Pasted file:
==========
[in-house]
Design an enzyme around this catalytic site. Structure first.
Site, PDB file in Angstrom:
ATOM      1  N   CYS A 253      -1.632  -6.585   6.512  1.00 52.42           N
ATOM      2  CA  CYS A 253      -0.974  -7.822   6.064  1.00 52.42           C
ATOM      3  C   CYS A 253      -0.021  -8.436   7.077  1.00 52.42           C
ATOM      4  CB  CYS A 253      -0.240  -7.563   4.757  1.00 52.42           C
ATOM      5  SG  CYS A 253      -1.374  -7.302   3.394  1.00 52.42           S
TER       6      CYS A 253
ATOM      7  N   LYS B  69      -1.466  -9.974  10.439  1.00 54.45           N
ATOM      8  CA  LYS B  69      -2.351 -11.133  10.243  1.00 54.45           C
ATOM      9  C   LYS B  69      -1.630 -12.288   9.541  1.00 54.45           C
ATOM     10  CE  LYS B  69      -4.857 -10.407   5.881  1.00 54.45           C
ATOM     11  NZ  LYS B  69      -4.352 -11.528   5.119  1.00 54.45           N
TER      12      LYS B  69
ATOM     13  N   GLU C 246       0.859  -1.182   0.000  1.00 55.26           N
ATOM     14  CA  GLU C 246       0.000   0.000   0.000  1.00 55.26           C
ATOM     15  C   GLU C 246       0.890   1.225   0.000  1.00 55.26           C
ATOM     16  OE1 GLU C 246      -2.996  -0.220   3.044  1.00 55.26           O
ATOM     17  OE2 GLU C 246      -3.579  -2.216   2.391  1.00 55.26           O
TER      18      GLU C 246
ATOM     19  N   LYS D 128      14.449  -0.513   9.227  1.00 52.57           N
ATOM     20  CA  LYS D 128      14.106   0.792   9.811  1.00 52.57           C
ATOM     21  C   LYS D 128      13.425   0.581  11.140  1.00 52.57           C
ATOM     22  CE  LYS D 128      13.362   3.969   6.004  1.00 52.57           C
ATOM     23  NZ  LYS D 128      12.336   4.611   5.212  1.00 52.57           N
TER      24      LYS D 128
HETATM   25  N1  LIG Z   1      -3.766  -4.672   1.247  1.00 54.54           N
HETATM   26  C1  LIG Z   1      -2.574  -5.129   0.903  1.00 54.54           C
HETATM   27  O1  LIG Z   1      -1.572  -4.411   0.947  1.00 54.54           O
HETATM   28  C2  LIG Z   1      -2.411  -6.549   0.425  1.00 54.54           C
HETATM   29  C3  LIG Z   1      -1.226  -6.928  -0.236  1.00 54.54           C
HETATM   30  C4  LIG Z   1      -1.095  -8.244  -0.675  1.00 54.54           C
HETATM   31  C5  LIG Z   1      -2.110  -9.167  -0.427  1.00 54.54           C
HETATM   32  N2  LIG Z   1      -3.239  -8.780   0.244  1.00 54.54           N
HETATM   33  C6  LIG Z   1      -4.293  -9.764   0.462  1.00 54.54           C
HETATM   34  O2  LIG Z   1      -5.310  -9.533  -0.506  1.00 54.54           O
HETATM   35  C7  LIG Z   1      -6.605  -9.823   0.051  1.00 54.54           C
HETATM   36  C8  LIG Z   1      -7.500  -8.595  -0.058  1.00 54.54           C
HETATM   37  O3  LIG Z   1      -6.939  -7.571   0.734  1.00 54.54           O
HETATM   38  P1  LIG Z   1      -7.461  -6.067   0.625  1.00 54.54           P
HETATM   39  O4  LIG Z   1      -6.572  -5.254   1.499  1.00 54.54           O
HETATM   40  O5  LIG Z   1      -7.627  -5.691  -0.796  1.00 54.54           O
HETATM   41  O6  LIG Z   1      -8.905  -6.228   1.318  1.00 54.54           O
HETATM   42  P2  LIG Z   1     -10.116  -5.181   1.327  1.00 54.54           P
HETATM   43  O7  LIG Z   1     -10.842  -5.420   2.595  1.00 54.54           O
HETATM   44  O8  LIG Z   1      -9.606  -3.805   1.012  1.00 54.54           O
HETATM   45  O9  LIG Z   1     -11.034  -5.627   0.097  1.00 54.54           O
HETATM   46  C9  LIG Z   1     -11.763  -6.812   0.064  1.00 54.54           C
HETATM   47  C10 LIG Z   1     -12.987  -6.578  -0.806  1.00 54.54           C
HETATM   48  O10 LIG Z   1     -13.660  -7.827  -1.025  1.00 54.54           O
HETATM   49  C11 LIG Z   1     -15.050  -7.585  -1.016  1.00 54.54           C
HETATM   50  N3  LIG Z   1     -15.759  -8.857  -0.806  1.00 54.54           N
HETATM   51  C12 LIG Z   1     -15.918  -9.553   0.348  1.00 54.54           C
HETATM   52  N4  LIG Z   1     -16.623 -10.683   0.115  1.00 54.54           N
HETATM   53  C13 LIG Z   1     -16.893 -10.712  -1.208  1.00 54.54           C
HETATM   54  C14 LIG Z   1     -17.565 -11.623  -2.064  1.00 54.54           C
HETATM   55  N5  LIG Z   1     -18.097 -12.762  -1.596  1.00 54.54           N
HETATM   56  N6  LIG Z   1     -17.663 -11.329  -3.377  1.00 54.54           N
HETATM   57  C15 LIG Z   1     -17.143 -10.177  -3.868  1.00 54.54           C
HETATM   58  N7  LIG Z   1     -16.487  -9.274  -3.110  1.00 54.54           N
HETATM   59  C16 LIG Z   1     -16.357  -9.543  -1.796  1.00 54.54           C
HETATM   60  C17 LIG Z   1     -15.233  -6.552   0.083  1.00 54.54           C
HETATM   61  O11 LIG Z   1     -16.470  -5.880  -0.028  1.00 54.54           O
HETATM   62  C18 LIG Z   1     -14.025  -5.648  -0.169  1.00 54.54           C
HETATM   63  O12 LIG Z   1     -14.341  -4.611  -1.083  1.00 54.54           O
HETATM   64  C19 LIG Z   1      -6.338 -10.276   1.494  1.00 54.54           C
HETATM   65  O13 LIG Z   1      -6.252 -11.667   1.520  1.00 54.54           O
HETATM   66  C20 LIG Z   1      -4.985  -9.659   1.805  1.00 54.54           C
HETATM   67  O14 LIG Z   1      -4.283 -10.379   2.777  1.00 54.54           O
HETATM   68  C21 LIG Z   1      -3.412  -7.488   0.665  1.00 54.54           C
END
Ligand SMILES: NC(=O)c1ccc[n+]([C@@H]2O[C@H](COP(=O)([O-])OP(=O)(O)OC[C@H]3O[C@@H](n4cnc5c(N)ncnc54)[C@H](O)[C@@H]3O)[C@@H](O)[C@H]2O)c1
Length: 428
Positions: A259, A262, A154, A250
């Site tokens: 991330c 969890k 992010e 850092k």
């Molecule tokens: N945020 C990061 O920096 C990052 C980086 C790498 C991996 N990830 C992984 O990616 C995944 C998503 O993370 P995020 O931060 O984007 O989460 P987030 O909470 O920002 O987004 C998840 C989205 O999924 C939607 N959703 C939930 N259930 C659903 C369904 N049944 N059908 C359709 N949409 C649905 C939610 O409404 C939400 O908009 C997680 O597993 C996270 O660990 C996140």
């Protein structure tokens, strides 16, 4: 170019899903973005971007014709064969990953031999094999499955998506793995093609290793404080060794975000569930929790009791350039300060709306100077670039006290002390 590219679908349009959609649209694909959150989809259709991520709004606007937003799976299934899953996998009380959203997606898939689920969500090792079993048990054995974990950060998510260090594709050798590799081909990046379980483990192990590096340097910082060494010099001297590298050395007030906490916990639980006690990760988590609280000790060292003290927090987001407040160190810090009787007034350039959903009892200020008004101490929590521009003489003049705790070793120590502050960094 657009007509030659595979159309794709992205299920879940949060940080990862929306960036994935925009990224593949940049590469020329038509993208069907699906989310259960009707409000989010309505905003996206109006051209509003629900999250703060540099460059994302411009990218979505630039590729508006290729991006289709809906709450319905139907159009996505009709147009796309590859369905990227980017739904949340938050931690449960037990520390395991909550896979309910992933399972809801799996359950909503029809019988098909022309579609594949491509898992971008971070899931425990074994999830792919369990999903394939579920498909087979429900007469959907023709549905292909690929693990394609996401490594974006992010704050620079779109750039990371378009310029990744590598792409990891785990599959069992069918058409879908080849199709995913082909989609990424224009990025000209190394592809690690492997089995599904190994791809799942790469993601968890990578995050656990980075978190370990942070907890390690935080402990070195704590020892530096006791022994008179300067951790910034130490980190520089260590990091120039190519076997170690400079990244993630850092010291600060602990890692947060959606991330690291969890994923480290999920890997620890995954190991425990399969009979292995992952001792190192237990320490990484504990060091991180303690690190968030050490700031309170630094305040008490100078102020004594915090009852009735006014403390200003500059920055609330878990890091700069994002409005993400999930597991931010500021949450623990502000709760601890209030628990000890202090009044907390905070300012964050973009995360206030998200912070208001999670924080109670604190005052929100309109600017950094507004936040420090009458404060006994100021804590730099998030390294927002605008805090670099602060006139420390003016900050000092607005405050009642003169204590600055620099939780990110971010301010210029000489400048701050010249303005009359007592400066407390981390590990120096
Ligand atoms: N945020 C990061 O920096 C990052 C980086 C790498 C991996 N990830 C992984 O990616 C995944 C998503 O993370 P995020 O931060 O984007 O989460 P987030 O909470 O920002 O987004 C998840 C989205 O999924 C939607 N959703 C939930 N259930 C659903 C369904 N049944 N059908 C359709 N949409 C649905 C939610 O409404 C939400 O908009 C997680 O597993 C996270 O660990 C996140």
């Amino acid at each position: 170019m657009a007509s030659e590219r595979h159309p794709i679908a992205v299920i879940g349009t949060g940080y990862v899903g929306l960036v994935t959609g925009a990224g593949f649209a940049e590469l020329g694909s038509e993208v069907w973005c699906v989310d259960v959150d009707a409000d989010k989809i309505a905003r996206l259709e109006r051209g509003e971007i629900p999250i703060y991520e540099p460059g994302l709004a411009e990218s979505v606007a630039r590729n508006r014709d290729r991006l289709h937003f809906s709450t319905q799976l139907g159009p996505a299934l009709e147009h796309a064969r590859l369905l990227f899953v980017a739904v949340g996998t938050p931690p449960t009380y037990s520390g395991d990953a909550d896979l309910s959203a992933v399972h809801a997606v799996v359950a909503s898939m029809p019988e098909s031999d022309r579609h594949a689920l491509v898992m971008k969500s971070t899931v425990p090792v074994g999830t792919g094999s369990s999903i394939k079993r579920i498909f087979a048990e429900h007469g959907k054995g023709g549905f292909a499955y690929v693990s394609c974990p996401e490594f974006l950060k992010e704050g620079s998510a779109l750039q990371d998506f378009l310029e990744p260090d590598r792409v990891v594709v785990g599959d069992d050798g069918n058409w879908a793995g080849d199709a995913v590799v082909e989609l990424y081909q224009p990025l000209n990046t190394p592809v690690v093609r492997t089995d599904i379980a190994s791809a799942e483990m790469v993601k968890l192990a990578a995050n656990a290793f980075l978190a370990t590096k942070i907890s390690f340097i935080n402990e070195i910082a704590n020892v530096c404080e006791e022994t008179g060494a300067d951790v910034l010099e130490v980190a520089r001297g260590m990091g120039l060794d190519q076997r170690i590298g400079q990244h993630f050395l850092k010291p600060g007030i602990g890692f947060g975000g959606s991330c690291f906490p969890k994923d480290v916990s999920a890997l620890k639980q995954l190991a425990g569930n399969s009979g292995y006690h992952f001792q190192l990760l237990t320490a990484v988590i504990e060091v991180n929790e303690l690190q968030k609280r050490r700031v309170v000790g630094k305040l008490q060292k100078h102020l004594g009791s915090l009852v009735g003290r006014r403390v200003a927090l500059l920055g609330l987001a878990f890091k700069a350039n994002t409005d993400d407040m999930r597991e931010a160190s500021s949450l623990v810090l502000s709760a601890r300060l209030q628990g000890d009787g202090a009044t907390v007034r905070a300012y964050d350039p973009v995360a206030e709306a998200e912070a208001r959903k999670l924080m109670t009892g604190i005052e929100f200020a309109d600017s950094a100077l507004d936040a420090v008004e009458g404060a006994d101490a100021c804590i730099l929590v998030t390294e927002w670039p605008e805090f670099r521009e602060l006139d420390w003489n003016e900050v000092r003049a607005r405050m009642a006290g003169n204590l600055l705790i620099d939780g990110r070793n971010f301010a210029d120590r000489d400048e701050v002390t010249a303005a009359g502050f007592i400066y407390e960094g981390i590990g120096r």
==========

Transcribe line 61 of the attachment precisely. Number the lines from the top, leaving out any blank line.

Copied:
HETATM   58  N7  LIG Z   1     -16.487  -9.274  -3.110  1.00 54.54           N